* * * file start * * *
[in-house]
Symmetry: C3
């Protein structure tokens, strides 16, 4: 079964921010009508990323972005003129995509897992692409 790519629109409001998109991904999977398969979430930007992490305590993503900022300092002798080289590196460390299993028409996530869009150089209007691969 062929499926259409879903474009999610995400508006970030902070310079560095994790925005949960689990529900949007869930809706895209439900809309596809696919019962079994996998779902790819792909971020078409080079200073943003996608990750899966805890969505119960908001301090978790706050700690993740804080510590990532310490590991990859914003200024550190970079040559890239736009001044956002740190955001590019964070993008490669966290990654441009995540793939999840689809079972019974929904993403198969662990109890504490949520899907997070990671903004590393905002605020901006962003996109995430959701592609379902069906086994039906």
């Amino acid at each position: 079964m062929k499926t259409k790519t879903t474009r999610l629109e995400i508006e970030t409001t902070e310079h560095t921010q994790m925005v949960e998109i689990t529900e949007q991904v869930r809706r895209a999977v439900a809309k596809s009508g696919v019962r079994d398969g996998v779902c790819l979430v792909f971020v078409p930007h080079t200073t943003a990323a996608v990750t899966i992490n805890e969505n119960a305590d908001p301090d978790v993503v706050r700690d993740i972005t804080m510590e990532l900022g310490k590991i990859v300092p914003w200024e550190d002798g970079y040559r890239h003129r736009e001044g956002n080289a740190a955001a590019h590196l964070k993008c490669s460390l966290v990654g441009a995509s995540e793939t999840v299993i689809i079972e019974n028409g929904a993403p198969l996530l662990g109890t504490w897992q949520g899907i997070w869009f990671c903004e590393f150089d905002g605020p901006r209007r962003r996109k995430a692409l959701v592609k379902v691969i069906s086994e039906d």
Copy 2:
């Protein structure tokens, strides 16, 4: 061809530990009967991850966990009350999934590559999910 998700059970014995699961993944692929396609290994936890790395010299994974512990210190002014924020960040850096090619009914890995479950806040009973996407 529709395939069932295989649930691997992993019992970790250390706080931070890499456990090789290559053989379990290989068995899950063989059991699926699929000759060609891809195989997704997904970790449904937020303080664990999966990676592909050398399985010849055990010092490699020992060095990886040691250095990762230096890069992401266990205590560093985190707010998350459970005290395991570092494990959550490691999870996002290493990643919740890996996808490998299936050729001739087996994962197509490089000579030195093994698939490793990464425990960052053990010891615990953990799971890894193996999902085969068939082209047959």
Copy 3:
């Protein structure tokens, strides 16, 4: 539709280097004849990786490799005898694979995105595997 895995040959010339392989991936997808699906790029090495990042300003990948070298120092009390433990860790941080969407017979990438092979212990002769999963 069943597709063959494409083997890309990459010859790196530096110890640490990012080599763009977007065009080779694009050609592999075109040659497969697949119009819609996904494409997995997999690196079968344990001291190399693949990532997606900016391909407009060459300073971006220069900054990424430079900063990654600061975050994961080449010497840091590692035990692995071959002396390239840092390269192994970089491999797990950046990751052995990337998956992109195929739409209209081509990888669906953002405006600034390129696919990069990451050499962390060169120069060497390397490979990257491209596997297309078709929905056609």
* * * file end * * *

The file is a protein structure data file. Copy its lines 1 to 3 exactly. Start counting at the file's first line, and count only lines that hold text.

[in-house]
Symmetry: C3
């Protein structure tokens, strides 16, 4: 079964921010009508990323972005003129995509897992692409 790519629109409001998109991904999977398969979430930007992490305590993503900022300092002798080289590196460390299993028409996530869009150089209007691969 062929499926259409879903474009999610995400508006970030902070310079560095994790925005949960689990529900949007869930809706895209439900809309596809696919019962079994996998779902790819792909971020078409080079200073943003996608990750899966805890969505119960908001301090978790706050700690993740804080510590990532310490590991990859914003200024550190970079040559890239736009001044956002740190955001590019964070993008490669966290990654441009995540793939999840689809079972019974929904993403198969662990109890504490949520899907997070990671903004590393905002605020901006962003996109995430959701592609379902069906086994039906």